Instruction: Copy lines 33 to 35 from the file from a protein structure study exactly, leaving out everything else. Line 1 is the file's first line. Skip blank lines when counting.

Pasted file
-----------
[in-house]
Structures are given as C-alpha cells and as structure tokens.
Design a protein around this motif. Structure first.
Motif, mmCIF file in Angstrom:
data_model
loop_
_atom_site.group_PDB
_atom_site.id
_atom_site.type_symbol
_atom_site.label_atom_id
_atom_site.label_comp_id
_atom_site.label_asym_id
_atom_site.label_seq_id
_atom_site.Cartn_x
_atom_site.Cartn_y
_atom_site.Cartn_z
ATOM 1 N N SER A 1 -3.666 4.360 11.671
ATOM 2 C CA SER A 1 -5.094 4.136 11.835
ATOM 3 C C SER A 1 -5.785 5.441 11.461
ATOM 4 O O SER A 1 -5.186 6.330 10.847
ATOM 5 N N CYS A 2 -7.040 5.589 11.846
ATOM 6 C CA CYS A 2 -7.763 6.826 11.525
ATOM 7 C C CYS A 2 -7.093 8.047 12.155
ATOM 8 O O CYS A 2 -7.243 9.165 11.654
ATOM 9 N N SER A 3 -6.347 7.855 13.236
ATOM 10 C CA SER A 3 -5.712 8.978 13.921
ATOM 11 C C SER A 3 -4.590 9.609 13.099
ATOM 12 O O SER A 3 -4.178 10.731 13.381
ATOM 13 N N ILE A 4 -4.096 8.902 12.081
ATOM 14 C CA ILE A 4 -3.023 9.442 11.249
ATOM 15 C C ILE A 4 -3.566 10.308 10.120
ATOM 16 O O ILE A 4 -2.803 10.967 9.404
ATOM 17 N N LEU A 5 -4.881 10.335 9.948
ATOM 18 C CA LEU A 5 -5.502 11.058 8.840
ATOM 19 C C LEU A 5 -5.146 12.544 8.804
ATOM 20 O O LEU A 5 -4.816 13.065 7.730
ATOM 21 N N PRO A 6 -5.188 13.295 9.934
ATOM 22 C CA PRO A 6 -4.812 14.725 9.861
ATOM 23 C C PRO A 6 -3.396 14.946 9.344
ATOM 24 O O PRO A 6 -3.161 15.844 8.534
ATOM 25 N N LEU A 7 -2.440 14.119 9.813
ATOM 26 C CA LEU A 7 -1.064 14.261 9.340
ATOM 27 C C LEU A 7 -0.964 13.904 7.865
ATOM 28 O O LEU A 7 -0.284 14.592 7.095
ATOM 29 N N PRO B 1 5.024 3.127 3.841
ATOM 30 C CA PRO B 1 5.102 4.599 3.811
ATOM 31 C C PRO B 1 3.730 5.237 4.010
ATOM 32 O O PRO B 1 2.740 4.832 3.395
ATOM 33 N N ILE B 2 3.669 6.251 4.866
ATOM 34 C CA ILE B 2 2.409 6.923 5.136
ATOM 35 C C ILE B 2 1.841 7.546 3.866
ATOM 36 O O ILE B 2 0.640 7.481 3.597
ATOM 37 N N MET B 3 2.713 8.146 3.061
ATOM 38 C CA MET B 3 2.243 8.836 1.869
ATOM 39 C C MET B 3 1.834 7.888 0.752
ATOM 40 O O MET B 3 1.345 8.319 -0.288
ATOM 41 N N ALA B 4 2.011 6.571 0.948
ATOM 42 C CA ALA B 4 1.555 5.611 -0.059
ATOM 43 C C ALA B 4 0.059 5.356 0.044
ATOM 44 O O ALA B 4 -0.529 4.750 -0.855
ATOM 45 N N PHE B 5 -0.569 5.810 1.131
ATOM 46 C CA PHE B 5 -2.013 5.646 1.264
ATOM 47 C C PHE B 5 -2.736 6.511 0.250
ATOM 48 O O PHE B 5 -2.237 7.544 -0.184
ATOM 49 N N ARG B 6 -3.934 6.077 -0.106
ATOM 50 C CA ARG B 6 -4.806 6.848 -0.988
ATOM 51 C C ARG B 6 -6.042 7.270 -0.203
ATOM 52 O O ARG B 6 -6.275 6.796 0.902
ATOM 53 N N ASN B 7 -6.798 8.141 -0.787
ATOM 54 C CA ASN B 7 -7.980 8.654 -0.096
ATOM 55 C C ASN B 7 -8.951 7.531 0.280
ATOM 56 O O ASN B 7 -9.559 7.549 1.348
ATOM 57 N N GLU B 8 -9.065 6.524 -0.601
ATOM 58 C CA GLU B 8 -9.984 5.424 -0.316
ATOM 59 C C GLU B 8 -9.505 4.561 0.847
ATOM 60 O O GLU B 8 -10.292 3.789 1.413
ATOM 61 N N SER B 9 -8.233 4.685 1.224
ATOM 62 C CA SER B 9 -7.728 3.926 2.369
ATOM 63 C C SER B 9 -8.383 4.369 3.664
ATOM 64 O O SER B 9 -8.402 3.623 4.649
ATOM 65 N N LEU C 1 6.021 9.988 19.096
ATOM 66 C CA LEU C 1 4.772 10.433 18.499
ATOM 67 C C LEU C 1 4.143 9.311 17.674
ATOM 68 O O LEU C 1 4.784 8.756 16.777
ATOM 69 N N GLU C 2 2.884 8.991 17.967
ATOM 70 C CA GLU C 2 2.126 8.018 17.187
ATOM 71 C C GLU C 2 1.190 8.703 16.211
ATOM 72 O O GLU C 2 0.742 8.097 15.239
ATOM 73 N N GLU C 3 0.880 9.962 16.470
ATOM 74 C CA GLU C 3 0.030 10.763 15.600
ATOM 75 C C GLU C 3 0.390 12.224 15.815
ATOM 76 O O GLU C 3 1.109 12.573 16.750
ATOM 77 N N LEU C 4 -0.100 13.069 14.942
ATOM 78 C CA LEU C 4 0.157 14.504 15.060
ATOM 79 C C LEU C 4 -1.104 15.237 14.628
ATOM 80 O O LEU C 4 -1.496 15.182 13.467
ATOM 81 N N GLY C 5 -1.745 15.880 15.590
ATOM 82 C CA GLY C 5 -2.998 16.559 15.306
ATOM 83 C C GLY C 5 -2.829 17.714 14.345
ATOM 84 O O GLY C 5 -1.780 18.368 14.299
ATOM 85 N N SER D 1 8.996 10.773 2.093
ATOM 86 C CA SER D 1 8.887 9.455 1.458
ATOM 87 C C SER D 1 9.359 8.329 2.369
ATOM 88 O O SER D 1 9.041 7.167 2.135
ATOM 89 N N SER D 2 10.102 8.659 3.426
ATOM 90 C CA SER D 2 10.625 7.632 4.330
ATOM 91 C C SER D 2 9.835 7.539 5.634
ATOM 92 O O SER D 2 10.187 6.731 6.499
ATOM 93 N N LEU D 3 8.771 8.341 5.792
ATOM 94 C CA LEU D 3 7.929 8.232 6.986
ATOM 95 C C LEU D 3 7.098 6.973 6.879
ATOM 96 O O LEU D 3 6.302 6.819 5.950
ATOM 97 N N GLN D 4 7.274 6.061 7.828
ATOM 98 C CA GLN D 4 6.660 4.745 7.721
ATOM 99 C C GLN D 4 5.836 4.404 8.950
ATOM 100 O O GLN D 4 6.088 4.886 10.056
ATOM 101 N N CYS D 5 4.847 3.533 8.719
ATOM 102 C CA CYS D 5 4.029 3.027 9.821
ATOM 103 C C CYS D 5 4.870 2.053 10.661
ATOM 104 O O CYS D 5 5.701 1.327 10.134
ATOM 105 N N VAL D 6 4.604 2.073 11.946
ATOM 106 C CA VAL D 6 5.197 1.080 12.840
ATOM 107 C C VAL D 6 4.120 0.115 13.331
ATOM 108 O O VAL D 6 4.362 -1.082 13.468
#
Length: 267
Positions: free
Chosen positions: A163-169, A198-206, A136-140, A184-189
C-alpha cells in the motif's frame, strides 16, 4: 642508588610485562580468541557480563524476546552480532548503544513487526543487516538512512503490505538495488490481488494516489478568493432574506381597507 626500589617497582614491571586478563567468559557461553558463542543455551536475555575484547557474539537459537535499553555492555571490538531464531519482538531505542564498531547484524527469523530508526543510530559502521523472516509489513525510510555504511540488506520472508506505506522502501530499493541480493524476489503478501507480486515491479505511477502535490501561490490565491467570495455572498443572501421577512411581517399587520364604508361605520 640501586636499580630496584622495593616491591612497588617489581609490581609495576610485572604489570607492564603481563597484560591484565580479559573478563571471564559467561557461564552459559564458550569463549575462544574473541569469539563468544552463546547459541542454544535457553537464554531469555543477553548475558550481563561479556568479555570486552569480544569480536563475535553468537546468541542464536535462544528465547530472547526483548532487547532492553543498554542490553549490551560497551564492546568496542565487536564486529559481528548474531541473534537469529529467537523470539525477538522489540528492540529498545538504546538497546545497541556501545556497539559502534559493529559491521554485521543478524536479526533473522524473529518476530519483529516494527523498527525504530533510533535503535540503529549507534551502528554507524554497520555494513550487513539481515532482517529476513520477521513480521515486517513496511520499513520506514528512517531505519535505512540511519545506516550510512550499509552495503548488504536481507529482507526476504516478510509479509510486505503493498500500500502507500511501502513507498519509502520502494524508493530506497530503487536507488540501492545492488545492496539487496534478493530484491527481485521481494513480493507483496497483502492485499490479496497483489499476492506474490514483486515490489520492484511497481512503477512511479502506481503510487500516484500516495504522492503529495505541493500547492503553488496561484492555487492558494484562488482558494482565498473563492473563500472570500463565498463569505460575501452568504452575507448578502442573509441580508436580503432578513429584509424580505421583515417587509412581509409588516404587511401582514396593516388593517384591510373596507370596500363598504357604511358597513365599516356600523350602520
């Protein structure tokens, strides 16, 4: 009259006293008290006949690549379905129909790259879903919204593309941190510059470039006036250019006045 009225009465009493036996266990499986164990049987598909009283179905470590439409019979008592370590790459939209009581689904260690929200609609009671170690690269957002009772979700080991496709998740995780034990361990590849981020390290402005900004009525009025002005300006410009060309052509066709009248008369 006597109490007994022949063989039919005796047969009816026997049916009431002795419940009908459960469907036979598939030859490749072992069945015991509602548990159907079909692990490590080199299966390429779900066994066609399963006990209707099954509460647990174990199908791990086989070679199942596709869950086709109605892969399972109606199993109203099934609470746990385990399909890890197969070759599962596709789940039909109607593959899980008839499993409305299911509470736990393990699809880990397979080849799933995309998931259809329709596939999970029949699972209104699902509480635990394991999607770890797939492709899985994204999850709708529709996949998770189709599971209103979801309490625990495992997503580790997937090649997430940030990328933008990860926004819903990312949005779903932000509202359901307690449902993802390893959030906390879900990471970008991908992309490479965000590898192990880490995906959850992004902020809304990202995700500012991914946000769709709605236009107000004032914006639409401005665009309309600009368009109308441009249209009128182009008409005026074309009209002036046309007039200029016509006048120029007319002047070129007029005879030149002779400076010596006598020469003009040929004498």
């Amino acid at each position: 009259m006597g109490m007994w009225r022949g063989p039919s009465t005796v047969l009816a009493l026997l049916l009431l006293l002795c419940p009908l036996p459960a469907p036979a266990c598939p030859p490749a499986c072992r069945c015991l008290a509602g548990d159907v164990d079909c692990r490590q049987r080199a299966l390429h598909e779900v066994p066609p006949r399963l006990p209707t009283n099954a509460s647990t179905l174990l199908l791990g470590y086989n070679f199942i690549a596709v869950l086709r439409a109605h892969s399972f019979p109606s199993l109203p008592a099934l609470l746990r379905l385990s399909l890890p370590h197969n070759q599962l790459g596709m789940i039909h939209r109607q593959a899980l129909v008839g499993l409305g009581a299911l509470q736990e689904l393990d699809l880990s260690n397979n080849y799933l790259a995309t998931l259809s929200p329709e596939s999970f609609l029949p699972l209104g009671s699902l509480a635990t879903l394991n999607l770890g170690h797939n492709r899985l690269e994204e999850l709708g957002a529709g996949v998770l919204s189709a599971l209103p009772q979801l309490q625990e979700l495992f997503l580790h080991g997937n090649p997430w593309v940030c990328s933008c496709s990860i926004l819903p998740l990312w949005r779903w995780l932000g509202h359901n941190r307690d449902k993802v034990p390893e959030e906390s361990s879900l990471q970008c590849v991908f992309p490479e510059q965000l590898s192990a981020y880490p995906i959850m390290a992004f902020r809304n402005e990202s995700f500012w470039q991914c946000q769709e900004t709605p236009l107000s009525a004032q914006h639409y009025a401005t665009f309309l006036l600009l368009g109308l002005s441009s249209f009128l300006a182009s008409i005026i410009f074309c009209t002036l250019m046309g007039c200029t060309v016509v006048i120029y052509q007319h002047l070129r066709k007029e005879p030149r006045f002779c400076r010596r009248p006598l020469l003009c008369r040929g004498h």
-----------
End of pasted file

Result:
ATOM 17 N N LEU A 5 -4.881 10.335 9.948
ATOM 18 C CA LEU A 5 -5.502 11.058 8.840
ATOM 19 C C LEU A 5 -5.146 12.544 8.804